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Genetics. 2009 Dec;183(4):1525-34. doi: 10.1534/genetics.109.108449. Epub 2009 Oct 5.

Comparison of mating designs for establishing nested association mapping populations in maize and Arabidopsis thaliana.

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  • Max Planck Institute for Plant Breeding Research, 50829 Köln, Germany. stich@mpiz-koeln.mpg.de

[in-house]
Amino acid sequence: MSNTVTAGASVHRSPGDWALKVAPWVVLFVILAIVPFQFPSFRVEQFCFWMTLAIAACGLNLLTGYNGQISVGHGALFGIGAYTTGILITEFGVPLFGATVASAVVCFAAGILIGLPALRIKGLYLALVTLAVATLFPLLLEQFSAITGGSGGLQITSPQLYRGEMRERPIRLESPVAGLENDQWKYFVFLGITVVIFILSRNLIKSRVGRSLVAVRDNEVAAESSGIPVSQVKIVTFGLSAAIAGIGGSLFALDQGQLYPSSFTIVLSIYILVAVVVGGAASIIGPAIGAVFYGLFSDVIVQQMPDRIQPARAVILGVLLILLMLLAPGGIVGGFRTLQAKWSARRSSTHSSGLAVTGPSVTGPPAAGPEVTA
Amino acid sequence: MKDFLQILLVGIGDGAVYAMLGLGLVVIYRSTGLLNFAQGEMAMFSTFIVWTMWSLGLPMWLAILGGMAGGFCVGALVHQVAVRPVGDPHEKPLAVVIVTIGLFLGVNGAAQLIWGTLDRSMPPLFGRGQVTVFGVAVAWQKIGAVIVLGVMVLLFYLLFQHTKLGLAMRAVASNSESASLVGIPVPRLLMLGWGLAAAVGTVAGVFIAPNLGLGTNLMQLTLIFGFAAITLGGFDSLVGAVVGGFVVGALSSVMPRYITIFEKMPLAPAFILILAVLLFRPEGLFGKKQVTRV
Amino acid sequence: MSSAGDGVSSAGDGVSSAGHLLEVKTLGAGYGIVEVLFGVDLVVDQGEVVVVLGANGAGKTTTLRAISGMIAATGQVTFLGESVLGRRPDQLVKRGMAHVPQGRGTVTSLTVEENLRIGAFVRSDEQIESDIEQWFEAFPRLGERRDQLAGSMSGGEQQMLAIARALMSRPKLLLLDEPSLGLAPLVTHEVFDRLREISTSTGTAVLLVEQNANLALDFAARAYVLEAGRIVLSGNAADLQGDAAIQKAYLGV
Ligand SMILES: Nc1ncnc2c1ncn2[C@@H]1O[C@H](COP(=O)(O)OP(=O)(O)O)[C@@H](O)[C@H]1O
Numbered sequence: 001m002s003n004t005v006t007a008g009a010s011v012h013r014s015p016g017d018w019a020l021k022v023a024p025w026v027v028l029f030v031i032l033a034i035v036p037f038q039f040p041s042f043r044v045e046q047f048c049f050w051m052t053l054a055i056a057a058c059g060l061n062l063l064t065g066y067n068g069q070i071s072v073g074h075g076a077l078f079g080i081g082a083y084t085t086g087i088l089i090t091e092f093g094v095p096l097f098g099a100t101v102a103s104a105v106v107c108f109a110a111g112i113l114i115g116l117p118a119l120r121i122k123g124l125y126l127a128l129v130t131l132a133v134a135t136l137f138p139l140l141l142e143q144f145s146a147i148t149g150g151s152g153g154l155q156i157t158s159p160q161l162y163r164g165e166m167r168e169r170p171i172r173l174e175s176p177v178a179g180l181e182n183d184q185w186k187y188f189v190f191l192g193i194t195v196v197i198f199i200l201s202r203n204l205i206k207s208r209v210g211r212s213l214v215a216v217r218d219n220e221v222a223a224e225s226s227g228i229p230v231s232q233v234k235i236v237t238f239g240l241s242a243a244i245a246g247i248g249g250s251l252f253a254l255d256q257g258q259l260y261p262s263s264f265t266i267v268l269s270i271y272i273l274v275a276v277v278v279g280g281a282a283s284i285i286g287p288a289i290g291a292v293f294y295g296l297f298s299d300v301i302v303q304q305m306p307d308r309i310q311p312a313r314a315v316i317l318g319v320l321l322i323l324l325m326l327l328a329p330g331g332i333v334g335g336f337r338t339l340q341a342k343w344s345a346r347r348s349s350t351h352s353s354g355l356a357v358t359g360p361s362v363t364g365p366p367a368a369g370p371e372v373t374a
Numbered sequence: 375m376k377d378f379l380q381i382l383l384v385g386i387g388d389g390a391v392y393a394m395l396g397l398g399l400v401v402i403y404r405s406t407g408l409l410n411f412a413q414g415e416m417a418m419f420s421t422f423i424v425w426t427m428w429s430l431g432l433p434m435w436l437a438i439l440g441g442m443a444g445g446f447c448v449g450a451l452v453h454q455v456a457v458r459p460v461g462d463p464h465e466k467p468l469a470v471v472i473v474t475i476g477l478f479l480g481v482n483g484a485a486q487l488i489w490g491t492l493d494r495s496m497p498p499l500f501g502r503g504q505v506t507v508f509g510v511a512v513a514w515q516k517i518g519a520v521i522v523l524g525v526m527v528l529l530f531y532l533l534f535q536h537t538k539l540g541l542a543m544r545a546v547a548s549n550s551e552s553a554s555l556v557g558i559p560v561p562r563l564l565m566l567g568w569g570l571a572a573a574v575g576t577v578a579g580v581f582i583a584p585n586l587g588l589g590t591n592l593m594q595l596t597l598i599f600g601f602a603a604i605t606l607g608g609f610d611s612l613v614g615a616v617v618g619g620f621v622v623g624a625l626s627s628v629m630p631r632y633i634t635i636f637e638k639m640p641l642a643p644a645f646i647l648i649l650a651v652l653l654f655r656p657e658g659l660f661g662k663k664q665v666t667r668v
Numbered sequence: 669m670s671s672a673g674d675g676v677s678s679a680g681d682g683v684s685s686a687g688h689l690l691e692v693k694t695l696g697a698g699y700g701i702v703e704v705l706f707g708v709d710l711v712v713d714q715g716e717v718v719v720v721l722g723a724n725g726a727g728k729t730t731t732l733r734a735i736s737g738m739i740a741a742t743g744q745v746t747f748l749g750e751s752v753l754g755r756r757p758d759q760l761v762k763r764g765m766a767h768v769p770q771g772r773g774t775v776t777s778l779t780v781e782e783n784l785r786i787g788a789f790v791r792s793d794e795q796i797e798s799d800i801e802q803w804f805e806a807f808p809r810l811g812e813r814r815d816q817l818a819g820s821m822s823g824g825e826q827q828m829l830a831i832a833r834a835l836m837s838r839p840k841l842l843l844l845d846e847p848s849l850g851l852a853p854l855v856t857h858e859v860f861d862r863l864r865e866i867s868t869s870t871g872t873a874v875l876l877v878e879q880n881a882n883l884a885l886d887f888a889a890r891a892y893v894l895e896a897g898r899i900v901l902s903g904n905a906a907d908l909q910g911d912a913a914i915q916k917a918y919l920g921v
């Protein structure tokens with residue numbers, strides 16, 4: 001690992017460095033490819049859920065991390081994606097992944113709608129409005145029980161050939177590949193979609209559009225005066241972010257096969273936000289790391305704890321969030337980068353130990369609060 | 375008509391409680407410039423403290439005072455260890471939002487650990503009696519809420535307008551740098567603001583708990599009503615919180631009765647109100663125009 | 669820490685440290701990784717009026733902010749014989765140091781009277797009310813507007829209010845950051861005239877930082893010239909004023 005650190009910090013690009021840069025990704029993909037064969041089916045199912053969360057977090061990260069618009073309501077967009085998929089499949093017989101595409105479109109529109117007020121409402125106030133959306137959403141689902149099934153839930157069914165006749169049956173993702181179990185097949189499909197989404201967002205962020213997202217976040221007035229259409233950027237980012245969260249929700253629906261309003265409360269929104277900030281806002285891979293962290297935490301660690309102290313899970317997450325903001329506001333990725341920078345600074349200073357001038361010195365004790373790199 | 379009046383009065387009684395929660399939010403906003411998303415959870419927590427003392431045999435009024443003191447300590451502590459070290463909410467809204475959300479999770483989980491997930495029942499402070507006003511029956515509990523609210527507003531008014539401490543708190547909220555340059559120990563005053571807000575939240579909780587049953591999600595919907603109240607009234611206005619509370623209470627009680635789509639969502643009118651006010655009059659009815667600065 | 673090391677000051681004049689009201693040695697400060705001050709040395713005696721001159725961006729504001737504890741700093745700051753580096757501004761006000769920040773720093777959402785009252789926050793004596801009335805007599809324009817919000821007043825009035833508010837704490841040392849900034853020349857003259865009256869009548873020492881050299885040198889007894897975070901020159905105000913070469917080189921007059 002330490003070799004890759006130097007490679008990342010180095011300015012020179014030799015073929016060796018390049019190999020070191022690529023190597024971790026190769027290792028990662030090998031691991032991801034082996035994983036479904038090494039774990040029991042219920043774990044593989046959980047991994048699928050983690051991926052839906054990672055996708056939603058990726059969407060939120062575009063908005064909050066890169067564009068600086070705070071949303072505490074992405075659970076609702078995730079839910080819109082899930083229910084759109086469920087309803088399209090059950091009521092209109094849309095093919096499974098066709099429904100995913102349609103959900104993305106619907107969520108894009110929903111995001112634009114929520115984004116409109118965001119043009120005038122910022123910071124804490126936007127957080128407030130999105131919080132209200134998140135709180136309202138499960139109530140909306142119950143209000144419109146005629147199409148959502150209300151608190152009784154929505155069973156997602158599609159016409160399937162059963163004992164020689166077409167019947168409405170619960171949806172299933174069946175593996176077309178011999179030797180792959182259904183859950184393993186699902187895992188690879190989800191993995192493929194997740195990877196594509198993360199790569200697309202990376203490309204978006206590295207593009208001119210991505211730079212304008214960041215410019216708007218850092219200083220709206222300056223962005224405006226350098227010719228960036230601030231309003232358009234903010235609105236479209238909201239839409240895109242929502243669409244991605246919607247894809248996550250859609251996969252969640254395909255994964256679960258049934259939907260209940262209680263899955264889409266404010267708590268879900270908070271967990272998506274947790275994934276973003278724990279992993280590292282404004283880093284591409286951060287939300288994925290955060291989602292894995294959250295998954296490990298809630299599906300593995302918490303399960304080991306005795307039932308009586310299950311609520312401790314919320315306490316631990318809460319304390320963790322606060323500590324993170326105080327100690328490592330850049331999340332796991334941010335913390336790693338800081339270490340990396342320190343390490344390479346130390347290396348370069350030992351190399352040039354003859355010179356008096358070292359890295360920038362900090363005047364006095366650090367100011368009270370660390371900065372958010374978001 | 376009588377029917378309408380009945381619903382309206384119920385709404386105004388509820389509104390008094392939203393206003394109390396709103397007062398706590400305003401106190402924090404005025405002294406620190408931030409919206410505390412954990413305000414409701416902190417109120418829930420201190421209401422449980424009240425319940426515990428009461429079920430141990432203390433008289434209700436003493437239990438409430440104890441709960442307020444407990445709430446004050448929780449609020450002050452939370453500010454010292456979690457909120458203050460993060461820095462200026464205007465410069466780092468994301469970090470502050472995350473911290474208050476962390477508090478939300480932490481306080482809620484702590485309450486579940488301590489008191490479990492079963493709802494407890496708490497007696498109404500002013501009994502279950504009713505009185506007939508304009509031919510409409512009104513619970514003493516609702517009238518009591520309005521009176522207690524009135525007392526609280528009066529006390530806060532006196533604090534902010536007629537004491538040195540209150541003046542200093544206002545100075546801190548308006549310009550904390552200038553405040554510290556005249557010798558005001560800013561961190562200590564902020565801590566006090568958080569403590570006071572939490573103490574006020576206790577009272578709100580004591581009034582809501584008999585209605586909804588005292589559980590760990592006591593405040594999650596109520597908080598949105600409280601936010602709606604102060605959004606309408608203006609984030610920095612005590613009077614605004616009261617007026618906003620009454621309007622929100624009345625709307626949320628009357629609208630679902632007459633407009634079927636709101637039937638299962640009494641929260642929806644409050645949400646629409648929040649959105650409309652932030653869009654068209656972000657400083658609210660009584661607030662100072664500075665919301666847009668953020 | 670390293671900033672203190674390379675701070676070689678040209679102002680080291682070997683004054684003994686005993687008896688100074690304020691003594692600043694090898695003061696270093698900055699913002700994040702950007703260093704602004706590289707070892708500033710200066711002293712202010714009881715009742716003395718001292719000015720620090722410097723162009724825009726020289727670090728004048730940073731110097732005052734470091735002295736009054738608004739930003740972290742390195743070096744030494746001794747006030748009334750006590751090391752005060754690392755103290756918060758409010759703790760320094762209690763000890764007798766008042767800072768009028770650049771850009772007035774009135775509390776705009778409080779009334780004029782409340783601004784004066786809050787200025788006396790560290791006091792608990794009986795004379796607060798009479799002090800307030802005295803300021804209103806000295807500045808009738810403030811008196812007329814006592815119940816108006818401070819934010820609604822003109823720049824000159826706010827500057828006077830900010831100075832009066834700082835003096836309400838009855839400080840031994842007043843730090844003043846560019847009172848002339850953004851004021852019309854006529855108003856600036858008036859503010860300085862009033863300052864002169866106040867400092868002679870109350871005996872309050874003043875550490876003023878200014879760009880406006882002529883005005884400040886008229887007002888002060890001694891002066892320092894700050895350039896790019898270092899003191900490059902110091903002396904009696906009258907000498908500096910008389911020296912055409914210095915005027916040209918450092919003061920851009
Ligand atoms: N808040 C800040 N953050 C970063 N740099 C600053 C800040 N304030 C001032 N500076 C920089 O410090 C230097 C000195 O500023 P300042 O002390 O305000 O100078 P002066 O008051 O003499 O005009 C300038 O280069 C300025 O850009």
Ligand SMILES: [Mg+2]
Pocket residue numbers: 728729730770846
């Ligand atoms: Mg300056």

The nested association mapping (NAM) strategy promises to combine the advantages of linkage mapping and association mapping. The objectives of my research were to (i) investigate by computer simulations the power and type I error rate for detecting quantitative trait loci (QTL) with additive effects using recombinant inbred line (RIL) populations of maize derived from various mating designs, (ii) compare these estimates to those obtained for RIL populations of Arabidopsis thaliana, (iii) examine for both species the optimum number of inbreds used as parents of the NAM populations, and (iv) provide on the basis of the results of these two model species a general guideline for the design of NAM populations in other plant species. The computer simulations were based on empirical data of a set of 26 diverse maize inbred lines and a set of 20 A. thaliana inbreds both representing a large part of the genetic diversity of the corresponding species. I observed considerable differences in the power for QTL detection between NAM populations of the same size but created on the basis of different crossing schemes. This finding illustrated the potential to improve the power for QTL detection without increasing the total resources necessary for a QTL mapping experiment. Furthermore, my results clearly indicated that it is advantageous to create NAM populations from a large number of parental inbreds.

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